Fertilizing is how we replenish the nutrients consumed by the plant. Plants should be fed if they are to remain healthy and produce good blooms.
There are two ways to feed the plant – with organic material or inorganic fertilizer. Organic materials such as manure, compost or meals (blood, fish, soy, kelp, etc.) feed the soil with additional bacteria, which, in turn, break down into inert mineral salts. These mineral salts are the compounds the plant will absorb as food. Inorganic fertilizers are generally faster acting than organic materials, since they require only dissolving in water to become available to the plant. However, organic materials are essential for a well-conditioned soil. Some Rosarians prefer to use organic fertilizers; most Rosarians use both.
All products labeled as fertilizer must have, by law, the percentages of nitrogen, phosphorus, and potassium listed in that order (N-P-K) on the container. Nitrogen produces vegetative growth; phosphorus promotes the root system and the bloom; potassium or potash stimulates the general health of the plant. If a granular commercial fertilizer is used, choose one with a balance between the three main chemical ingredients and, if possible, one that also contains trace elements.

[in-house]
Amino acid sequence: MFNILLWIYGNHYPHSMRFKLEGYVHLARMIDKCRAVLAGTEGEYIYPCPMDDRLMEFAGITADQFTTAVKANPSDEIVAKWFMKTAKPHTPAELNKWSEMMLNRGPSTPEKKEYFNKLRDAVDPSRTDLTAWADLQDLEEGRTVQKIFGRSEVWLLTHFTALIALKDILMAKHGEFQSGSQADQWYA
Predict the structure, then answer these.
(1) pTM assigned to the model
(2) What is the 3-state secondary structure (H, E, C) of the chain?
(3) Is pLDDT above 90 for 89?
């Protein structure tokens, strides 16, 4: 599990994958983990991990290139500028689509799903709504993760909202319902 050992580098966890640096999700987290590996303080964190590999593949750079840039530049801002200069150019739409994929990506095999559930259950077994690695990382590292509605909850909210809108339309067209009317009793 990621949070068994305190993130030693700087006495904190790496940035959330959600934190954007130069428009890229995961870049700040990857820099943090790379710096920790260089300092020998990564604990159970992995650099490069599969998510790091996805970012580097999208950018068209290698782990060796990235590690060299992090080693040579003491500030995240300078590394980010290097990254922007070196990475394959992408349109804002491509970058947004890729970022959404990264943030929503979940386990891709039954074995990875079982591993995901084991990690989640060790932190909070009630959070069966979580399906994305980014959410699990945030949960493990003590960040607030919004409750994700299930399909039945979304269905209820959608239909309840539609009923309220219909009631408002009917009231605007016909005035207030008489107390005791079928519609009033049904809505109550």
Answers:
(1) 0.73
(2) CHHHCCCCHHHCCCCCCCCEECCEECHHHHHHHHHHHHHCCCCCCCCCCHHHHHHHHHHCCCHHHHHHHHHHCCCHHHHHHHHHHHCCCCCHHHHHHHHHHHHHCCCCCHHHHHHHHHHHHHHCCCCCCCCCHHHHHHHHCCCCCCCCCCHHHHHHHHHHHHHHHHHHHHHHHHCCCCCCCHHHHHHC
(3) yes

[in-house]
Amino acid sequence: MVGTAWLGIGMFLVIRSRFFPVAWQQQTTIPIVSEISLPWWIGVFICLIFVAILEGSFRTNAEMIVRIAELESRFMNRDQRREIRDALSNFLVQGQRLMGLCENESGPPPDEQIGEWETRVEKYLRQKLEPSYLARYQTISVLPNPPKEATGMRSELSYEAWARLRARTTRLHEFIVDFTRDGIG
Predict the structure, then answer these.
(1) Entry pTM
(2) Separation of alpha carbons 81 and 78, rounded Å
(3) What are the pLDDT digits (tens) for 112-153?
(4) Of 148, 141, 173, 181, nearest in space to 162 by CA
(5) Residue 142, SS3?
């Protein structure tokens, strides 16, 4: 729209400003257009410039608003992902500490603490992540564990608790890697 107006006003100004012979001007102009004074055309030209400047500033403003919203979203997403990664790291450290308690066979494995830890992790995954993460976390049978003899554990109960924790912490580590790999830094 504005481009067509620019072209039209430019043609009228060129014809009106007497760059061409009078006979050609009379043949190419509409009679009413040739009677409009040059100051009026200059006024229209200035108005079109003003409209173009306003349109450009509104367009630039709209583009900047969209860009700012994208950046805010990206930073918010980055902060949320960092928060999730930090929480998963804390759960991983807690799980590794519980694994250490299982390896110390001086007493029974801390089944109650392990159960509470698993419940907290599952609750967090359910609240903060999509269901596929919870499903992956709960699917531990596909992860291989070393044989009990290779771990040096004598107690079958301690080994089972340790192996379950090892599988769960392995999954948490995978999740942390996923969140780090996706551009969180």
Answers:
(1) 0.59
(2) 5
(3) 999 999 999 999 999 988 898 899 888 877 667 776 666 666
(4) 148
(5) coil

Soil bacteria are dormant until the soil warms up in the spring; therefore, too early an application of fertilizer in the soil is wasted. Foliar feeding is another option that can be done several times during the growing season as a supplement to your regular fertilization program.
When using package fertilizers, follow the package label as to how much granular fertilizer to apply in April, June, and August. Do not apply any fertilizer containing nitrogen after mid-September. Always water before and after applying granular fertilizer. If dry fertilizer gets on the leaves, rinse it off immediately.
Alfalfa pellets or meal contain a valuable growth hormone and make an excellent organic supplement. Use about one cup per plant worked lightly into the soil in the spring.
Some people use Epsom salt (magnesium sulfate). There is no scientific evidence that Epsom salt serves any benefit for the rose plant. Use very conservatively, if at all, to prevent ground water contamination from runoff.
Fertilizers are of little value if your soil is out of pH balance. A pH range of 6.0 to 6.8 is best for roses. Test your soil occasionally and correct if necessary.
Roses benefit from a yearly organic mulch of two to four inches and weekly deep watering.
Do not fertilize newly planted plants until after their first bloom.